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At Artspace, Four Artists Unfix Time

Al Larriva-Latt | February 16th, 2022

At Artspace, Four Artists Unfix Time

Arts & Culture  |  Artspace New Haven  |  Ninth Square  |  Visual Arts

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Installation View Dyschronics, Artspace New Haven, February 11–April 16, 2022. Photo: Jessica Smolinski. 

In the sun-bathed front gallery of Artspace, viewers can now repose on uncommonly comfortable bean bag chairs. On a cafe table before the chairs are four ballpoint pens, unmarked copies of the exhibit’s germinal texts—Frantz Fanon’s The Wretched of the Earth and Harsha Walia's Border & Rule among them—and an open invitation to annotate them. Hanging on the wall are prayer rugs, which in vibrant blocks of color convey steady messages: “I am a body,” “iamuslima,” and “I’m as good as you are.”

Baseera Khan’s Reading Room, on Purpose provides visitors with a moment of breath, spirituality, and study. It invites viewers to dwell in this resource of time.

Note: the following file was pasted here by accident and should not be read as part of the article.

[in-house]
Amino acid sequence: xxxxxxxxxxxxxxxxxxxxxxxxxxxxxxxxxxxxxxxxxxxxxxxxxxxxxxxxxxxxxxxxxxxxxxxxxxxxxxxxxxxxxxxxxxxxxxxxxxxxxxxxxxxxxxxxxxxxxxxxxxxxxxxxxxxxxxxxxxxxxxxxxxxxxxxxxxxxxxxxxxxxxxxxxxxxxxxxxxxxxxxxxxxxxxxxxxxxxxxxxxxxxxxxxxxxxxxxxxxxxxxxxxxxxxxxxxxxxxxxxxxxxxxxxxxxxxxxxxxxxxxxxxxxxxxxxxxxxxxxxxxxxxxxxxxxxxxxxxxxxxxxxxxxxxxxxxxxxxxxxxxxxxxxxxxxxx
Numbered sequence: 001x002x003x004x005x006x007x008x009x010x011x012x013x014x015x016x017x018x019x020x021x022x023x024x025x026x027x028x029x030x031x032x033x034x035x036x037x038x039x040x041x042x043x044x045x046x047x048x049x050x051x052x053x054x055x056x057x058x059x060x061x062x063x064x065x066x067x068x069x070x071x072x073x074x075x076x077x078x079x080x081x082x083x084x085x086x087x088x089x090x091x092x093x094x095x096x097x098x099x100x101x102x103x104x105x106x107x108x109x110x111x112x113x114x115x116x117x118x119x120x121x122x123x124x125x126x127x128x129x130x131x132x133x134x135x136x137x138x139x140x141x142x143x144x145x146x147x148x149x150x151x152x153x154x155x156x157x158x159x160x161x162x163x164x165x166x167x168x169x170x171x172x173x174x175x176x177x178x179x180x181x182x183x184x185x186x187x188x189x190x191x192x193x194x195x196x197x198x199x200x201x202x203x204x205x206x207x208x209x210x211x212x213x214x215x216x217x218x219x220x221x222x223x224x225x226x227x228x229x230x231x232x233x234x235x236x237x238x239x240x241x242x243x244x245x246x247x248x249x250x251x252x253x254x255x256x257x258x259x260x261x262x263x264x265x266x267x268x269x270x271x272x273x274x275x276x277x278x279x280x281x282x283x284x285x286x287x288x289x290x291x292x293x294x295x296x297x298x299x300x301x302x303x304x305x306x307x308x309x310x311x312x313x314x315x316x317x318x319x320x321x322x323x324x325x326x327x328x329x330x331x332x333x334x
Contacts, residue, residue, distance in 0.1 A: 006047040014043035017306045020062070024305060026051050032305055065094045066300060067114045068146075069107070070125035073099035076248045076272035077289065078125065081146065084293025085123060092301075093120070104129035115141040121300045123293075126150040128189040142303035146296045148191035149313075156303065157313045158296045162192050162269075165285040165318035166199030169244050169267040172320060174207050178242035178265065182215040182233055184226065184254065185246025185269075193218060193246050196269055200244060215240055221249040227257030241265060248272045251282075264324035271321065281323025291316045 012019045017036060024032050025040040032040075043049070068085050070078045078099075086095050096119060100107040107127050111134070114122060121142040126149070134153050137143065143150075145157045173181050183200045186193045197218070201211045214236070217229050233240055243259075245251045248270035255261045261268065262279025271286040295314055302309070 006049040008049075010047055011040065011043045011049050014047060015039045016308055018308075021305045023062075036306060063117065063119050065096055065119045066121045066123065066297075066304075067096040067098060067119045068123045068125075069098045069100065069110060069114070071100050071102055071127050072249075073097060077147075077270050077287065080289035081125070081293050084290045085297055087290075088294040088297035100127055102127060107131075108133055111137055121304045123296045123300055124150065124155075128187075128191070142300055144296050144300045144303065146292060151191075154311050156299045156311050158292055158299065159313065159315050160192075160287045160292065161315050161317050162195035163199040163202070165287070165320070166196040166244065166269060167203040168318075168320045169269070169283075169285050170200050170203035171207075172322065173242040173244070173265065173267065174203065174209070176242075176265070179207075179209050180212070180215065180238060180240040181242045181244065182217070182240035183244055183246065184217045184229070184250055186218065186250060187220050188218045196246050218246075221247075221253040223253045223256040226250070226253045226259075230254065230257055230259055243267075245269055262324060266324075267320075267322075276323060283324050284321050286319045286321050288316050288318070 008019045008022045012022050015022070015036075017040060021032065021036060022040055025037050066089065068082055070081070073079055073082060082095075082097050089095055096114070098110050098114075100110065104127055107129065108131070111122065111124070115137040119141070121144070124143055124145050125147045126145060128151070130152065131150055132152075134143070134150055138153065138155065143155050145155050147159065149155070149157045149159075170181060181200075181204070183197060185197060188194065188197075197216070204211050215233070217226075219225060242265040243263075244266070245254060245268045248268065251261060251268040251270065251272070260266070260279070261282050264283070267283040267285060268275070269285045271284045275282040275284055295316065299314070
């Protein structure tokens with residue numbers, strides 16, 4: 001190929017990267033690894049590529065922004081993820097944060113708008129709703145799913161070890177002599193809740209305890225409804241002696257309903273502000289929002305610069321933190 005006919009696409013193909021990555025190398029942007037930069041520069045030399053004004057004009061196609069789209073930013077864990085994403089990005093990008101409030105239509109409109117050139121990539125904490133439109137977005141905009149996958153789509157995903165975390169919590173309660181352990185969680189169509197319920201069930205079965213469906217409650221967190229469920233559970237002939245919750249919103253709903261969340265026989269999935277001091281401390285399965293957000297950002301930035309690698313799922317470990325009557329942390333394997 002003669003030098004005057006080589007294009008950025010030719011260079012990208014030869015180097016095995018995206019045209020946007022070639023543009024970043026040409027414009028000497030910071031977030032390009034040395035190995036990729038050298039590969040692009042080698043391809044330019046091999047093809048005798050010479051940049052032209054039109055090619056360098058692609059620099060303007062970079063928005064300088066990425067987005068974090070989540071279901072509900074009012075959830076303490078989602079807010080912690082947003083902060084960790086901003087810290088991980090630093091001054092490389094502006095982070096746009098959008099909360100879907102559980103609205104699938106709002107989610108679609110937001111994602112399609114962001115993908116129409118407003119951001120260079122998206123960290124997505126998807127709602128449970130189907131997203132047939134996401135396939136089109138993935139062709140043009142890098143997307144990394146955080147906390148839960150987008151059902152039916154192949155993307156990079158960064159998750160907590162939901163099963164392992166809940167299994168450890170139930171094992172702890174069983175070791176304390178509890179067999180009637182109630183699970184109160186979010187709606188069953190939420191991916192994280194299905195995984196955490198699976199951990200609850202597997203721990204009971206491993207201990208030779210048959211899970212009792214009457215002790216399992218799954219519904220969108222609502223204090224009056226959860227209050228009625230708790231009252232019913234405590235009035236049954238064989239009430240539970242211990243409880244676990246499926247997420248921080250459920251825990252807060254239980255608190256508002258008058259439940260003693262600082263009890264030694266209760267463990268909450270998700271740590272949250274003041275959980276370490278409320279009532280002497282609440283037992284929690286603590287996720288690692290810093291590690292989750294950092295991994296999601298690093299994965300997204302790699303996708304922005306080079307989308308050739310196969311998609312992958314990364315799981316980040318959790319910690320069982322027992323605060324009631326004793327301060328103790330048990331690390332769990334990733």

Khan is an artist in Dyschronics, running at Artspace New Haven now through April 16. Curated by Laurel V. McLaughlin, the exhibition features the work of Carolina Caycedo, Emily Jacir, Baseera Khan, and Tsedaye Makonnen. The four artists share not only an interest in migration and diaspora, but also in time. 

Time is of special interest to McLaughlin, whose background is in the time-based medium of performance art. Since her graduate studies at the Courtauld Institute of Art, McLaughlin has been studying time as it relates to migration. She is now a doctorate student at Bryn Mawr, about to defend a thesis expanding on this work. 

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Detail, Baseera Khan’s Reading Room, on Purpose. Installation View Dyschronics, Artspace New Haven, February 11–April 16, 2022. Photo: Jessica Smolinski. 

Time seeps into the migration process in every which way, McLaughlin said in a Friday afternoon walkthrough of the exhibition. There’s the passage of time in detainment or in waiting to cross a border. The scholar Ranajit Guha’s term “temporal maladjustment" troubles McLaughlin because it depicts a waiting migrant as disempowered.